Hope Mourns the Sparrow

One of the joys of my life arrives every morning when I feed the birds.

I am praying my new place will include a small back yard where I can pour out the seed, call to the birds and watch these amazing creatures float toward me.Jesus Calling - Sept 1

But last week, we had a surprise visitor. A huge hawk swooped down, rapidly chose his prey and killed one of my sparrows. With sharp talons, he easily lifted his breakfast from my deck, then disappeared in the early morning fog.

Most of the time, we don’t pay attention to sparrows. We are attracted to the flashy cardinals, the sweet chickadees and even the raucous blue jays with their blue and silver details.

Sparrows are just the extra birds that fly near us, their plain brown feathers almost an invisible blend on weathered decks. Perhaps an afterthought in the creator’s mind, the bird with which to compare all the others.

Sparrows don’t seem to matter much. Unless you’re one of them.

During this transition time, I empathize with the sparrow. I feel as if the flashy authors of the world have passed me by, and I am trying to catch up.

Other ministers and writers have spent years honing their careers while I stayed in the background, worked in administrative roles, quietly pointed the mouse and clicked on Excel charts.

Others developed speaking ministries, world-wide podcasts and reams of manuscripts while I worked three jobs to raise my son and try to survive.

“Bless me, too, my Father,” is often the cry of my heart.

Now…during this time of the unknowns, I feel even more sparrow-ish than before. My own drab browning pales in comparison with those who seem to have it so easy.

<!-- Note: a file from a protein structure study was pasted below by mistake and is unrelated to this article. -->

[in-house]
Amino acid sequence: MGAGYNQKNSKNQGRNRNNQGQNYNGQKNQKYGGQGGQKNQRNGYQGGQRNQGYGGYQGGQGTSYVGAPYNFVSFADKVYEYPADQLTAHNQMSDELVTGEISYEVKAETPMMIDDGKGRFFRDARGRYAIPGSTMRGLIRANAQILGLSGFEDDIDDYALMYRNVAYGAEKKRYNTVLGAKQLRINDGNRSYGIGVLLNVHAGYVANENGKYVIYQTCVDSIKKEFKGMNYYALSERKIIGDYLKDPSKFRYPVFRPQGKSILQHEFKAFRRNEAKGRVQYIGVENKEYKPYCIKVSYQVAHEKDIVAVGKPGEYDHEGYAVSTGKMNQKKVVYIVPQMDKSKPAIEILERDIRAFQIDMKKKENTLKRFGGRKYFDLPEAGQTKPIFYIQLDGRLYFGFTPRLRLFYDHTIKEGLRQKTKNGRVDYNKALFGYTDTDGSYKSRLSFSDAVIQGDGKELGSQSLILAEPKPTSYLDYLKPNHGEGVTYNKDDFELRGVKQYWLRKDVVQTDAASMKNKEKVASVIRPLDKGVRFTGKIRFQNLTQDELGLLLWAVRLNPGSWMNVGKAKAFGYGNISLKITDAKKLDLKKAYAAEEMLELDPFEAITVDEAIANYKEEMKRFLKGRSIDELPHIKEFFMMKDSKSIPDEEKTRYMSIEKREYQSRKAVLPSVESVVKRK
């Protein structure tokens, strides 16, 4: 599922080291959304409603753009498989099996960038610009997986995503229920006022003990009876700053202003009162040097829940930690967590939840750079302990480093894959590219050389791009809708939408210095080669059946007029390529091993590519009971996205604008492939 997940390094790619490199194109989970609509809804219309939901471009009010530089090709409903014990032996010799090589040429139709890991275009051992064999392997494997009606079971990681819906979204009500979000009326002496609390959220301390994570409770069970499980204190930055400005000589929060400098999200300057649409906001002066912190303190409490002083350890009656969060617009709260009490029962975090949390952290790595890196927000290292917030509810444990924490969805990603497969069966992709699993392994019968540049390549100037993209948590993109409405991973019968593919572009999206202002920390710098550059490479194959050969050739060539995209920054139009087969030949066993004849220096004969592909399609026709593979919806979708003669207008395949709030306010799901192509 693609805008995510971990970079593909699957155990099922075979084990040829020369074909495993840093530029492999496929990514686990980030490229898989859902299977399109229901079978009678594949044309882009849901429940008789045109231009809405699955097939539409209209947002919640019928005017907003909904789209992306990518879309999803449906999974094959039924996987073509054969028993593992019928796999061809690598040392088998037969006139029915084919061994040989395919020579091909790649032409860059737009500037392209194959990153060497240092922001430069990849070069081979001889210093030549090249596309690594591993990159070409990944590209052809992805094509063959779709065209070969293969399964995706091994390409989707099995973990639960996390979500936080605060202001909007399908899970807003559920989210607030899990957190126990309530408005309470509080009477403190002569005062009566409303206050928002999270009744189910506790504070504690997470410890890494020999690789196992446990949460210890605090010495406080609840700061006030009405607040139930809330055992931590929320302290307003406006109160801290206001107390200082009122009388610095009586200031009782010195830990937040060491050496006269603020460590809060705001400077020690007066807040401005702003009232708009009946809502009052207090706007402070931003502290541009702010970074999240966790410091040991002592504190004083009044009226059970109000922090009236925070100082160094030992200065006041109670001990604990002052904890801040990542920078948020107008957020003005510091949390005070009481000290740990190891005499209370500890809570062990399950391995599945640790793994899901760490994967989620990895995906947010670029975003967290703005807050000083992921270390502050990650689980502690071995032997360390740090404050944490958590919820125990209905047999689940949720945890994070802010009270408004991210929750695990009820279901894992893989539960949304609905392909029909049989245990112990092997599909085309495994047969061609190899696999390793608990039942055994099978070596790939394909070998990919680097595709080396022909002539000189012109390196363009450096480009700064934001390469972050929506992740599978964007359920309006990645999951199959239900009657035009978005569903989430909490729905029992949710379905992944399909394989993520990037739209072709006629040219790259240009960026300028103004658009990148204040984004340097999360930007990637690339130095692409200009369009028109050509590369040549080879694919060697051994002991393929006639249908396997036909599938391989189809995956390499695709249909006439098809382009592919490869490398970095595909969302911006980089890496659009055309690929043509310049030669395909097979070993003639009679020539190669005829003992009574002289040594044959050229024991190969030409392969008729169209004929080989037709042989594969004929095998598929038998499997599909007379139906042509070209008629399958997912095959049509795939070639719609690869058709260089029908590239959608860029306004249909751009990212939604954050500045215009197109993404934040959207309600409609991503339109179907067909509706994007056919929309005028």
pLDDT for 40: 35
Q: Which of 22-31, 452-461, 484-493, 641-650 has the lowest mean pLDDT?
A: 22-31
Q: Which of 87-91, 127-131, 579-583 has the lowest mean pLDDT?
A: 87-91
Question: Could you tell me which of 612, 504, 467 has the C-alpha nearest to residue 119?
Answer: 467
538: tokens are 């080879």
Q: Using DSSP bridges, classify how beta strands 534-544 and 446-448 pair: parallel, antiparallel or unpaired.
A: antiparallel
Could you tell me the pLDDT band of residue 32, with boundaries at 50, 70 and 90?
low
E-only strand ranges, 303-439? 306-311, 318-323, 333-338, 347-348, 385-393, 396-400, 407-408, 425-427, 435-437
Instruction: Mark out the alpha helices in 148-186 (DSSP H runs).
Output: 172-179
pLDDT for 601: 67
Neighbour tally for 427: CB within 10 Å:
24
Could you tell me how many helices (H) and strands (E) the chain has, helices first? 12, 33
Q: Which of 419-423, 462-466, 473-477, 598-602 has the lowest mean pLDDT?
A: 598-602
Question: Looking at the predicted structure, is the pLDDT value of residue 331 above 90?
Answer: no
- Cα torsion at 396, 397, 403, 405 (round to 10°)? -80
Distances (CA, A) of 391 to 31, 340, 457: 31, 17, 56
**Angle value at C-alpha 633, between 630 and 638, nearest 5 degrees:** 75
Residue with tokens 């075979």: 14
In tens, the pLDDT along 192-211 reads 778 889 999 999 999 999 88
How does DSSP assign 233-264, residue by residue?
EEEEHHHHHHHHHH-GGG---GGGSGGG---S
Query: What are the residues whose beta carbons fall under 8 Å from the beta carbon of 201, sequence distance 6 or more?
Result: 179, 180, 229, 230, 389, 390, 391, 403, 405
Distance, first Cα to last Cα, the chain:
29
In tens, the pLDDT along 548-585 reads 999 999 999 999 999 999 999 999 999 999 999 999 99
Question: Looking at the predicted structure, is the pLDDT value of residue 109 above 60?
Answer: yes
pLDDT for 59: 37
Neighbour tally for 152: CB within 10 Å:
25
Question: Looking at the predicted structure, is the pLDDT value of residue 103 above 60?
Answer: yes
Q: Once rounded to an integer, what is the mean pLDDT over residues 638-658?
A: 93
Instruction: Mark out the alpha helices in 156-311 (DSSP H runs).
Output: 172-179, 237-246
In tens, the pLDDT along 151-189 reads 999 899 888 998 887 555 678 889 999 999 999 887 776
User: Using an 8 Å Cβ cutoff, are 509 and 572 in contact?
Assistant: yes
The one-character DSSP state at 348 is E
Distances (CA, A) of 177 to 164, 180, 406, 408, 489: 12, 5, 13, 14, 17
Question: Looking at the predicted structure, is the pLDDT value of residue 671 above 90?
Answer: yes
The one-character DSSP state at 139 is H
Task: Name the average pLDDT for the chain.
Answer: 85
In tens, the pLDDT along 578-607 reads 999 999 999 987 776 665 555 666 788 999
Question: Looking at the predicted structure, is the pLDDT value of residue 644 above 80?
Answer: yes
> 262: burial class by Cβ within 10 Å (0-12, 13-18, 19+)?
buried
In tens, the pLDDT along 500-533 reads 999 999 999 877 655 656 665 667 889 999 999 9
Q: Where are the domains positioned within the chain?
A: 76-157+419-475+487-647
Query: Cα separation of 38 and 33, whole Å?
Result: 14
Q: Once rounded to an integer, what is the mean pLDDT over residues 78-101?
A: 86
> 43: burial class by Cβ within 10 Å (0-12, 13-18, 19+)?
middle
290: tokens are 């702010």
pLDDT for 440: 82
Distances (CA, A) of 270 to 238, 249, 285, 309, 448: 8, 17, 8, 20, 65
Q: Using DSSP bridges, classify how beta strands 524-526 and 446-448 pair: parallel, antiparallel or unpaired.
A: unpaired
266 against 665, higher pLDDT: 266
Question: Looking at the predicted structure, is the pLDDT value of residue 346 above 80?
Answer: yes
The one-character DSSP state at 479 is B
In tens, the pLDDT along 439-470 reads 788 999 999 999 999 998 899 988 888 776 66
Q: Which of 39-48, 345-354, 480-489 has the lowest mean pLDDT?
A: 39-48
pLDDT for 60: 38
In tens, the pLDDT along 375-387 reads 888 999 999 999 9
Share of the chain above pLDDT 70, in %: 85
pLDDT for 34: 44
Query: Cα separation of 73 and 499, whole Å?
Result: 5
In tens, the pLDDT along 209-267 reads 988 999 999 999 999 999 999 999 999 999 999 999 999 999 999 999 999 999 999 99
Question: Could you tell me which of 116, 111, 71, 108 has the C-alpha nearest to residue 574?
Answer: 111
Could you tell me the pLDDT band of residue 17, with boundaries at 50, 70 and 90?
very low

Yes, I know this sounds like whining. But I struggle between authenticity, the brutal honesty of the heart and a complaining spirit. I wish I knew the difference.

I want to see my own dreams come to pass even as I know the desires of my heart may not necessarily sync with the whispers of the divine.

Predators of discouragement and fear stalk me. So quickly, they sharpen their talons and wait for my most vulnerable moments to swoop in and destroy hope.

Yet some days – praise God – more days than not – I remember how God cares for even the sparrow.

Not one of us falls without his knowledge and empathic tears. Each of us, though feeling drab, are still painted with his art – each feather delicate in his design.

I replay a favorite hymn, grateful for the internet and the YouTube software that makes it easily accessible.

His eye indeed on this sparrow. My heart secure in the knowing that he cares for me.

Sparrows of the past are still mourned. Each one a creation missed, a relationship betrayed, an opportunity denied.

Yet the One who created them in the first place still exists and promises an even better life to come.

Here’s to all of us sparrows in the world. We occupy important spaces in the universe, each of us here for a purpose – for a time.

May we embrace our lives for what they represent, a glorious praise for the presence of each day and a supreme hope for a better tomorrow.